My Son Is the Only Brown Toddler in His Daycare
Drop-off at my son’s daycare follows a familiar script: We leave home in my quickly aging Kia with its speakers throbbing, as I match the lyrical flows of the ’90s rappers who raised me. Upon approaching the nursery, I slowly reduce the volume and compose myself before parking alongside Audis and Teslas owned by consultants, marketers, lawyers, and the like. Before stepping out of the car, I silently remind myself that my family deserves to experience the same privileges that they do — even if we’ve shaved our budget bare-bones to afford the cost of preschool enrollment.
My Tejano and country music-loving family is Brown to the core — much different than the predominantly White and well-off parents chauffeuring my son’s fellow students. Me? I’m a Latino teacher and marathon runner. Nearly three years ago, nudged by the surprising and exciting news that we were expecting a child, I moved 2,000 miles across the country with my immediate family, from a college town in Texas to the beautiful and adventure-packed city of Seattle. This first-generation college graduate from the barrio has always had plans to move on up.
When I was a child, my mother instilled in me the importance of going to any length to secure what your family deserves. She showed rather than told, and as such, I adopted her demeanor as my own. Which brings me back to my son’s daycare.
Every time a faculty member sends me a photo or video, I take a keen interest in his surroundings. Who is playing near him? What activity are they doing? Does he look happy? My biggest worry is that he might be treated differently by the teachers and toddlers.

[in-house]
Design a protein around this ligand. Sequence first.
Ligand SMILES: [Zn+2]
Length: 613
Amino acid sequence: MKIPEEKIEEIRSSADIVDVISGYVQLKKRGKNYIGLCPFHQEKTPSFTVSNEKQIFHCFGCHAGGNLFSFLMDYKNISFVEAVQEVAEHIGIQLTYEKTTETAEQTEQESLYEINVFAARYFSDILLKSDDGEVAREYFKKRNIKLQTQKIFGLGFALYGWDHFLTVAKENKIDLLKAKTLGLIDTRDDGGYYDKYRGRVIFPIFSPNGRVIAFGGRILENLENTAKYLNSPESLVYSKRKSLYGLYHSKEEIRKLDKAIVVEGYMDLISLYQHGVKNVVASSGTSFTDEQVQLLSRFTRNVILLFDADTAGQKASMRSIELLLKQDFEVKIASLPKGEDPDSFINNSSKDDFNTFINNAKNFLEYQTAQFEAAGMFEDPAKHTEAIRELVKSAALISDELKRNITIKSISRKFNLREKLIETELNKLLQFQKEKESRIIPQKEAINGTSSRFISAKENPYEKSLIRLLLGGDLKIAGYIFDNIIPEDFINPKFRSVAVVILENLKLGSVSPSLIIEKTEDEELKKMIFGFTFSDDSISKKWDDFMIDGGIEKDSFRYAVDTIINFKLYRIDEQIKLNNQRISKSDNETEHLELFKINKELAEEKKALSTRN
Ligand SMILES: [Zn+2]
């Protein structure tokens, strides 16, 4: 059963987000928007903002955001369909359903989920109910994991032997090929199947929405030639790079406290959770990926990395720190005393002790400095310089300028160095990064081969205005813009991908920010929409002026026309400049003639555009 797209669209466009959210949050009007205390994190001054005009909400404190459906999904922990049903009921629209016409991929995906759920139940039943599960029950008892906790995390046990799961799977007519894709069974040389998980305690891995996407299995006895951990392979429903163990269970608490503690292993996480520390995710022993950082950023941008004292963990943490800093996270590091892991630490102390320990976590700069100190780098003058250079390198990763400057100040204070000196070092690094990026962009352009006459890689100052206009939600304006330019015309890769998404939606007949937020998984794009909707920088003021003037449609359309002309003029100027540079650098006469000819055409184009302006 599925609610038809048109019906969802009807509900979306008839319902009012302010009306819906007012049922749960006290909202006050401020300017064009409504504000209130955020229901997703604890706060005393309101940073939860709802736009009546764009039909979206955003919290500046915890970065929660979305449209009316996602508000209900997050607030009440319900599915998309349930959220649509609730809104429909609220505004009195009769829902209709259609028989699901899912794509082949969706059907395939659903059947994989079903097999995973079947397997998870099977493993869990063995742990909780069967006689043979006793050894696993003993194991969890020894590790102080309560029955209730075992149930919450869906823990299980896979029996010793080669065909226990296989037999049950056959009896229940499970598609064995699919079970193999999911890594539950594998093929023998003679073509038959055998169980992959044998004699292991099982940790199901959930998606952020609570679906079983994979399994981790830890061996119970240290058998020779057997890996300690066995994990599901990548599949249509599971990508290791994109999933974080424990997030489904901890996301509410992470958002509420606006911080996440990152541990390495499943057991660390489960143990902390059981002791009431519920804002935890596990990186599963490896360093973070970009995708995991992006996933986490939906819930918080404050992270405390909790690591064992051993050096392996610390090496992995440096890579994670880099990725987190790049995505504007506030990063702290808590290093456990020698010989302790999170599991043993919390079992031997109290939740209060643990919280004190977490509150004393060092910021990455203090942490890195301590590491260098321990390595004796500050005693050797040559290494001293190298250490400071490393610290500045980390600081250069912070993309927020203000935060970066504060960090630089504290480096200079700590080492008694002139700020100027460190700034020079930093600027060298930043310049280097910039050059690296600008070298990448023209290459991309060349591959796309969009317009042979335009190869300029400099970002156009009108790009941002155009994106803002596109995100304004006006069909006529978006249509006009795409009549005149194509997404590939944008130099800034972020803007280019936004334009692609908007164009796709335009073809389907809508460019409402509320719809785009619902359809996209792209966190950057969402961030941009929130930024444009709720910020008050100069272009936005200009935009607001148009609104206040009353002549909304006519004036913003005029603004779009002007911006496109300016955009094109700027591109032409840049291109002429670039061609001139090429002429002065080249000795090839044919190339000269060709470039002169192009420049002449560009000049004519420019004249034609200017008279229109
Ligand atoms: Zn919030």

To be clear, I believe the teachers — who are diverse in age, sex, and ethnicity — all mean well. But despite many of the teachers reflecting my son’s background, I’m still concerned about potentially prejudiced treatment. I know that anyone is capable of it — even people of color acting subconsciously.
Every time a faculty member sends me a photo or video, I take a keen interest in his surroundings. Who is playing near him? What activity are they doing? Does he look happy?
I’ve seen my own peers — fellow Black and Brown teachers — cater more to White and affluent students’ needs and wants in the classroom. There are usually two causes: Either teachers of color begin to assimilate and see themselves as a part of the dominant culture, or they feel the real or perceived pressure to provide more resources and opportunities for White students. I don’t think these educators knowingly engage in this behavior; that’s the tough part. It’s difficult to pinpoint the root and even more challenging to engage a teacher in this conversation.
Following my mother’s example, I’m willing and prepared to address this issue, if necessary. Until then, I just focus on showing my son that he’s dearly loved, he belongs, and he’s one of a kind. (If you met him, you’d agree!)
I make our pickup time special — he’s always giddy to see me and I match his excitement. It almost feels like it’s just the two of us standing there, among the many sets of reuniting parents and kids. “How’s my favorite son?” I ask him, before adding “dame un beso” and reminding him to say goodbye to his friends.
His mother and I try our best to give him our undivided attention, which isn’t always easy. We’ll include him in everyday tasks like throwing out the trash and scanning groceries at the supermarket. He has a role within our household. I never want him to feel excluded, whether at home or when I unfasten his seatbelt and he steps out of our Kia and into daycare.
My son is the only Brown kid in his classroom — and that’s something I don’t take for granted.